Price Biggest Obstacle to Mobile Video Use

March 16, 2009

This article is included in these additional categories:

Analytics, Automated & MarTech | Media & Entertainment | Technology | Telecom | Television

More than three-quarters (78%) of American consumers expect that the use of mobile TV and video will increase by 2010, but the majority of US consumers do not currently view it because they believe it is too expensive, according to a study from QuickPlay Media.

The 2009 independent Market Tools survey found that the number of people watching TV and video content on their mobile device has remained steady from 2008 to 2009 at 35%. Among the 65% who have not viewed TV and video on their mobile phone, 58% cite perceived cost as the number one reason they have not and the biggest barrier to widespread adoption:


Interest in Mobile TV/Video Growing

Looking ahead, the survey revealed a significant level of interest in mobile TV and video and that overall awareness is on the rise:

  • 55% of respondents say they are interested to some degree in mobile TV and video:


  • Nearly half (46%) are aware that their carrier offers a mobile TV and/or video service. This is up from 35% in 2008. This change provides a strong indication that video services are benefiting from the extensive marketing efforts around multimedia-enabled devices such as the iPhone and Blackberry Storm, QuickPlay said.

The survey also delves into the role that multimedia-enabled phones will play in the growing adoption of mobile TV and video services. It found that while slightly less than a quarter of consumers are using a multimedia-enabled phone (24%), these devices will play a critical role in enticing consumers to watch TV and video on their mobile phone:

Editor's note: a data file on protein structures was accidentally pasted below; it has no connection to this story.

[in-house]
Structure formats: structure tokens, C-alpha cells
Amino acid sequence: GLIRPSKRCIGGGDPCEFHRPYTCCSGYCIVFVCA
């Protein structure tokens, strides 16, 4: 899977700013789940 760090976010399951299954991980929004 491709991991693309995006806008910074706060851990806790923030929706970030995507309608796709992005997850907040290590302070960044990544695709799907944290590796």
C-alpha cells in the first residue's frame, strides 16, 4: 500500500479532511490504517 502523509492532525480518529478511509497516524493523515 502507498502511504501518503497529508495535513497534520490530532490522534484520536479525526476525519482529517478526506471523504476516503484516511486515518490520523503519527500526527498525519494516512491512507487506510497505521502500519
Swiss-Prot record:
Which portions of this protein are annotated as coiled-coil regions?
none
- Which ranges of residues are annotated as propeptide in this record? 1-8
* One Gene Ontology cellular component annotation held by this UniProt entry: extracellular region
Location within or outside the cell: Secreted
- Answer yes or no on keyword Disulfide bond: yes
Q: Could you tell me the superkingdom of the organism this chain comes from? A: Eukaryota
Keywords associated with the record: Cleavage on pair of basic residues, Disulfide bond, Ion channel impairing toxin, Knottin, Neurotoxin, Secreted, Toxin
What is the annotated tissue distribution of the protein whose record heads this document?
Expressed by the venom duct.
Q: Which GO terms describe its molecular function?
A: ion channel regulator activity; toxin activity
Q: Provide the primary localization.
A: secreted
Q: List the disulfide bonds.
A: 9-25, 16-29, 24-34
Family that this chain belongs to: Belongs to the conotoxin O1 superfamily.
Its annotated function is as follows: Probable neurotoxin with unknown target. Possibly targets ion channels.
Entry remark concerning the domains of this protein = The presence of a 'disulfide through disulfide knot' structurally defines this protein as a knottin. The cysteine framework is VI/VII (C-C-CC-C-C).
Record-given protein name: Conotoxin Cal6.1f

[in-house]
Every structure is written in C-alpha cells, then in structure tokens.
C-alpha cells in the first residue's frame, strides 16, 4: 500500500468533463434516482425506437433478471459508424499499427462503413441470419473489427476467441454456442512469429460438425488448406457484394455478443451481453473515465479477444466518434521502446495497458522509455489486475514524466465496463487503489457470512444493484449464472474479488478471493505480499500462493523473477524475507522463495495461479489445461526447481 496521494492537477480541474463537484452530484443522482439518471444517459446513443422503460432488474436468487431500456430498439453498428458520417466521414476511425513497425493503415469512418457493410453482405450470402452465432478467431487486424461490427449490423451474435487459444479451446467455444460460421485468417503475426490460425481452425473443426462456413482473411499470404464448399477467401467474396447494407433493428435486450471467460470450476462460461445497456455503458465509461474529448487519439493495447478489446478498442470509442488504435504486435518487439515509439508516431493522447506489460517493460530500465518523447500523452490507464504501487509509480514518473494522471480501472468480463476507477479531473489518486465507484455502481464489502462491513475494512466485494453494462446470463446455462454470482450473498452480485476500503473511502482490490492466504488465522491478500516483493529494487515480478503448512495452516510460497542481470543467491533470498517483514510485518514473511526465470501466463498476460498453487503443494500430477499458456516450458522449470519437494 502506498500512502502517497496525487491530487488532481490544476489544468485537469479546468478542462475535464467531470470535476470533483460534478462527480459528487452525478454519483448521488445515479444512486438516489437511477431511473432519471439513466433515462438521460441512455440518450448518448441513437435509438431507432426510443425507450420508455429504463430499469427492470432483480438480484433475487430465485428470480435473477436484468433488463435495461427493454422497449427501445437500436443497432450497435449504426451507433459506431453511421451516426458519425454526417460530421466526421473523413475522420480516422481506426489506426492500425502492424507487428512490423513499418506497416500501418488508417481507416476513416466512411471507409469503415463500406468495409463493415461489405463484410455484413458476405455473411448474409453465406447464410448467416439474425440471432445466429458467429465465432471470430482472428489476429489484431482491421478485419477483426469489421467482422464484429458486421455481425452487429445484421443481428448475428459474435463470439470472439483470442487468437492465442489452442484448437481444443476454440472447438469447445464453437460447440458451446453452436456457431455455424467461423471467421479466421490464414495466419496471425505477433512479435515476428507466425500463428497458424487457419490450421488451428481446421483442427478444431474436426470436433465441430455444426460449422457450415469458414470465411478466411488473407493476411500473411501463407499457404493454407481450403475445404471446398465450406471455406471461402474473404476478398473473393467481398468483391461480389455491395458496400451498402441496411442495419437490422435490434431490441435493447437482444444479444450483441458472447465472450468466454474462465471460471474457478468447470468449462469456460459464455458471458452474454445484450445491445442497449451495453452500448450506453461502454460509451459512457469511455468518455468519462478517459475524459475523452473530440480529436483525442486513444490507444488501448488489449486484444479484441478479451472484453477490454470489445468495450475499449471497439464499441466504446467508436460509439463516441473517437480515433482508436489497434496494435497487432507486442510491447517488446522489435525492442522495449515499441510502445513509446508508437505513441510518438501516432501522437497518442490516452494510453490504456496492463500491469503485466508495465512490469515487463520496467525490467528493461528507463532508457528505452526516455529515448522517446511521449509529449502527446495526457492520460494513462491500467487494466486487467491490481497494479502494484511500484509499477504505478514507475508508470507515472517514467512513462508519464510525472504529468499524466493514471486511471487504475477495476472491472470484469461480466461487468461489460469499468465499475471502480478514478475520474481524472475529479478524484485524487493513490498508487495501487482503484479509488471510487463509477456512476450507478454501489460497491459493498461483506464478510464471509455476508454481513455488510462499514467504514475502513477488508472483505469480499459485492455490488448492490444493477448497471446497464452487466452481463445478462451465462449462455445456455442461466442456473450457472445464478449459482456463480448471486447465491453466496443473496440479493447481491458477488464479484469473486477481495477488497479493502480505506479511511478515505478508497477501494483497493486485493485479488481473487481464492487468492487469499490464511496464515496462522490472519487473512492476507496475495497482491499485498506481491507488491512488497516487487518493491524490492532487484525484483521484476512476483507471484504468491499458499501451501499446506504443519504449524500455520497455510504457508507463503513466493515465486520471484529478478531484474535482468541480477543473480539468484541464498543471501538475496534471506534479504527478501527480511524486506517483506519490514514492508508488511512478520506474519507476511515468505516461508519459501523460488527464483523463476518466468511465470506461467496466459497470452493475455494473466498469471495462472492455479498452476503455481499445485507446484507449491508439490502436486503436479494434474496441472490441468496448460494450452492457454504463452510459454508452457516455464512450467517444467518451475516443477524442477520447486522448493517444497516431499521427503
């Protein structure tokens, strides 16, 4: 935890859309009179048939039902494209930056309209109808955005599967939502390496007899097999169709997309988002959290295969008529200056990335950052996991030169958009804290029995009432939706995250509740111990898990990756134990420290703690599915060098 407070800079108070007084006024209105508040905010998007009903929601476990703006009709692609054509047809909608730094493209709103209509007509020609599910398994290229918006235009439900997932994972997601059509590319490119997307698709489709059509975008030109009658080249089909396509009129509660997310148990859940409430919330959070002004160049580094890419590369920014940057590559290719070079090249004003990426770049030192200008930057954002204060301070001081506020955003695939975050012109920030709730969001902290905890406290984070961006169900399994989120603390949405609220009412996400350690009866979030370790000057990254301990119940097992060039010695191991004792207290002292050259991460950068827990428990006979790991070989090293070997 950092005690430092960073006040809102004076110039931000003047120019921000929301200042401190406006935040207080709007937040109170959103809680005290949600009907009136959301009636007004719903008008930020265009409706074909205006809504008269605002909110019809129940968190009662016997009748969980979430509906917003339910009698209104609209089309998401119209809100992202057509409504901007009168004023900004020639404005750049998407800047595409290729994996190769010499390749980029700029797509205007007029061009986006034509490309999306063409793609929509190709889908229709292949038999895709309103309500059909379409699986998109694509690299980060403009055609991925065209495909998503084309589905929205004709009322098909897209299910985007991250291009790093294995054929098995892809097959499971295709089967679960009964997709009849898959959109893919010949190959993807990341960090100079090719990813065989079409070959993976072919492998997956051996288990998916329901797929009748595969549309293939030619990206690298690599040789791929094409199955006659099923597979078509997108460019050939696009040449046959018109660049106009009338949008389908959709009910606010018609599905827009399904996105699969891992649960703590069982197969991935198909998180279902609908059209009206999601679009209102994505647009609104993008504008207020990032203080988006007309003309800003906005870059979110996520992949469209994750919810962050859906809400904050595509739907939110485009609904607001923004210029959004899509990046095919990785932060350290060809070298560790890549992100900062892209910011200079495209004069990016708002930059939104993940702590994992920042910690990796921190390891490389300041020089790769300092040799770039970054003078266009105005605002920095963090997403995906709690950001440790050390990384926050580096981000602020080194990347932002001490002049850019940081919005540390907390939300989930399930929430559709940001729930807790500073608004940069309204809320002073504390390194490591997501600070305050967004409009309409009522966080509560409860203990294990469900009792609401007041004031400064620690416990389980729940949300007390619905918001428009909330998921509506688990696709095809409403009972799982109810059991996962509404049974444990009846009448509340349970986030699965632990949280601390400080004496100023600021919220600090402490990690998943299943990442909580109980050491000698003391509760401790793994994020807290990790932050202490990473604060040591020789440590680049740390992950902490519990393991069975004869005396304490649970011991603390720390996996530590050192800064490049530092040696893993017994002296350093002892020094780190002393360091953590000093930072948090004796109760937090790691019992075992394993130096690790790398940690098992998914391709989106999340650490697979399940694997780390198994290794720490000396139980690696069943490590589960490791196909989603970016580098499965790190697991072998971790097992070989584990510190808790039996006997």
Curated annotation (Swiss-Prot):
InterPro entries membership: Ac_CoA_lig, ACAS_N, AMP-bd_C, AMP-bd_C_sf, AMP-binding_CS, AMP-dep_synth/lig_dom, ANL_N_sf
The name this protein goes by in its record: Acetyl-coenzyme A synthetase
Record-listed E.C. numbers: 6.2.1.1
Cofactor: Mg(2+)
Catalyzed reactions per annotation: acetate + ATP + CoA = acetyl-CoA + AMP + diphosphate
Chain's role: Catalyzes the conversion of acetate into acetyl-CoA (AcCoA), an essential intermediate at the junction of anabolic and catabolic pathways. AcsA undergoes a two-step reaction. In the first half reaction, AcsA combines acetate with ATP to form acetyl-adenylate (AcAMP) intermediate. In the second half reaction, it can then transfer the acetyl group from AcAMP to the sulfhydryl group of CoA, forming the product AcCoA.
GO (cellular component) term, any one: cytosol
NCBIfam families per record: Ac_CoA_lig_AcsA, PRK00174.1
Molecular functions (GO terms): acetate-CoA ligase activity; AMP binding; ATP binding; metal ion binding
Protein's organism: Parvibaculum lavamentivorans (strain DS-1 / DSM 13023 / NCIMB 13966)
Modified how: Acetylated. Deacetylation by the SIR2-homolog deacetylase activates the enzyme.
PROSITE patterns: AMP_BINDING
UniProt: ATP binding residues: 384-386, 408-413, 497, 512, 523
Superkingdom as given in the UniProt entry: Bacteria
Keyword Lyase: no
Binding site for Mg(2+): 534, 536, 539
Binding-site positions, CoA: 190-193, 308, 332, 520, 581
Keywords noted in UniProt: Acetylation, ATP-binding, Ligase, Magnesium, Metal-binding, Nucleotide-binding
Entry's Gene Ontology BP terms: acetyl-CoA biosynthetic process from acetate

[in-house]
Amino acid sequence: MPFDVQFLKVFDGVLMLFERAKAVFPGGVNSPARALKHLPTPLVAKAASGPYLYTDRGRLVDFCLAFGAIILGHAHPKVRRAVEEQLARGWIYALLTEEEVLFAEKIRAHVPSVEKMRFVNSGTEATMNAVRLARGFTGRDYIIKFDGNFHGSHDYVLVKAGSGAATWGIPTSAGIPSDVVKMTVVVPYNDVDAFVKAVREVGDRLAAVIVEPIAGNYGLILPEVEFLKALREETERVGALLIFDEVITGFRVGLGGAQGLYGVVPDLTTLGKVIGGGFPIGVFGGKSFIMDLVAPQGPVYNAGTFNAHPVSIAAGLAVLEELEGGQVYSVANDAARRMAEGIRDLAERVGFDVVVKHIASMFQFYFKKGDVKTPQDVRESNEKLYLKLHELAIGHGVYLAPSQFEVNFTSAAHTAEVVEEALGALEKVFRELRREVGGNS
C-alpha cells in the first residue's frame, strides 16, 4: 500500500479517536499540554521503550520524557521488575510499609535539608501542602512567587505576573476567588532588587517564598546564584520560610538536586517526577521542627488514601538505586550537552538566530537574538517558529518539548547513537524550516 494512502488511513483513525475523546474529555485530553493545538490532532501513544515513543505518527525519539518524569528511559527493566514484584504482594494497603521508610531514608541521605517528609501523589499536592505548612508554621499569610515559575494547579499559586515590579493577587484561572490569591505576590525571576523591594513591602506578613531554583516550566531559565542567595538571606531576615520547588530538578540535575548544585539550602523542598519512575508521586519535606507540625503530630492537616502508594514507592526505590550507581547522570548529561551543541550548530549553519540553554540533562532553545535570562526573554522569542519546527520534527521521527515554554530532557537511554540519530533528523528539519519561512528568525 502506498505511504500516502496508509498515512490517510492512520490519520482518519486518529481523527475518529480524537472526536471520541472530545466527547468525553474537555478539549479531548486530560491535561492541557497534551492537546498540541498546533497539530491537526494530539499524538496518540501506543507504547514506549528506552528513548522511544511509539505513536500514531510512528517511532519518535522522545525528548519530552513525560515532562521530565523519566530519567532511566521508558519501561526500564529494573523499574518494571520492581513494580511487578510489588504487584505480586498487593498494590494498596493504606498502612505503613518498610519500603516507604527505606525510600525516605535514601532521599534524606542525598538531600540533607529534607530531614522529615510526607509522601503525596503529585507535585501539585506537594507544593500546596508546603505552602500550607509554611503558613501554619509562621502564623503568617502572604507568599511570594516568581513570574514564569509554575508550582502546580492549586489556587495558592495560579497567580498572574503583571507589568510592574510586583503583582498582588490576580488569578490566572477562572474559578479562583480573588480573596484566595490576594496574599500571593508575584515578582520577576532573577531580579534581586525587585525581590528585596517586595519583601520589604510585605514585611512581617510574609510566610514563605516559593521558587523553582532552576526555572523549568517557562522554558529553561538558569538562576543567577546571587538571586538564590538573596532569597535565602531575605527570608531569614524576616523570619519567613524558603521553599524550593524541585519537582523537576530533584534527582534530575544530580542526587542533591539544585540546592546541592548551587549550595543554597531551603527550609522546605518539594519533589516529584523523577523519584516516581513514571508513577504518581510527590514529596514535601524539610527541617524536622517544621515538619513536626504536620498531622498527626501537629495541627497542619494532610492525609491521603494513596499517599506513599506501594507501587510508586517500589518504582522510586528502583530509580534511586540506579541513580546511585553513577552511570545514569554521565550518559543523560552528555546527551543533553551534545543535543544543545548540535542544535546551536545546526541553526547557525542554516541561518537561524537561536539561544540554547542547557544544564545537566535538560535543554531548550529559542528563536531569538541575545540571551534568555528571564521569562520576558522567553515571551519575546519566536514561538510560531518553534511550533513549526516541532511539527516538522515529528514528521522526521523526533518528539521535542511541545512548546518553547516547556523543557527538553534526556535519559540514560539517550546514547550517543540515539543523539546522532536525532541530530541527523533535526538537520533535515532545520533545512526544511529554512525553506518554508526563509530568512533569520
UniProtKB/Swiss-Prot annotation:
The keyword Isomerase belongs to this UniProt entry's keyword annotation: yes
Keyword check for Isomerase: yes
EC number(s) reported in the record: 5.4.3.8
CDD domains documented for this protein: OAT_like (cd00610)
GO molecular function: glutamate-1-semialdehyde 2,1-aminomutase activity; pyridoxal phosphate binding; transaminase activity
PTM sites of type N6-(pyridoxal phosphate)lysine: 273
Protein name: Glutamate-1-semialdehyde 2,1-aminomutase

• 38% say that if they were considering changing wireless carriers, their ability to offer the latest multimedia-enabled PDA/smart phone would impact their decision to choose that carrier.
  • 41% of respondents say they would be more likely to watch TV and videos on their phone if they owned a multi-media-enabled PDA/smart phone.

Better Plans Could Spur Adoption

The survey also found that improvements to mobile phone plans could stimulate adoption of mobile video. Currently, most consumers have monthly voice and data plans. These plans have the potential to gain more traction, with 48% of respondents saying they would be more likely to subscribe to such a plan if a set amount of basic video content was included in the package (i.e. free comedy clips, movie trailers).

The survey also found that customers paying for content remains the dominant model, with the majority (72%) of those currently viewing mobile TV and video content indicating that they pay for it. This finding is consistent with research from IDC, which predicts that in 2009, paying viewers will make up 80% of all mobile TV/video consumers. The survey also found that consumers are willing to tap into alternative ad-supported models in exchange for free access to mobile TV and video content: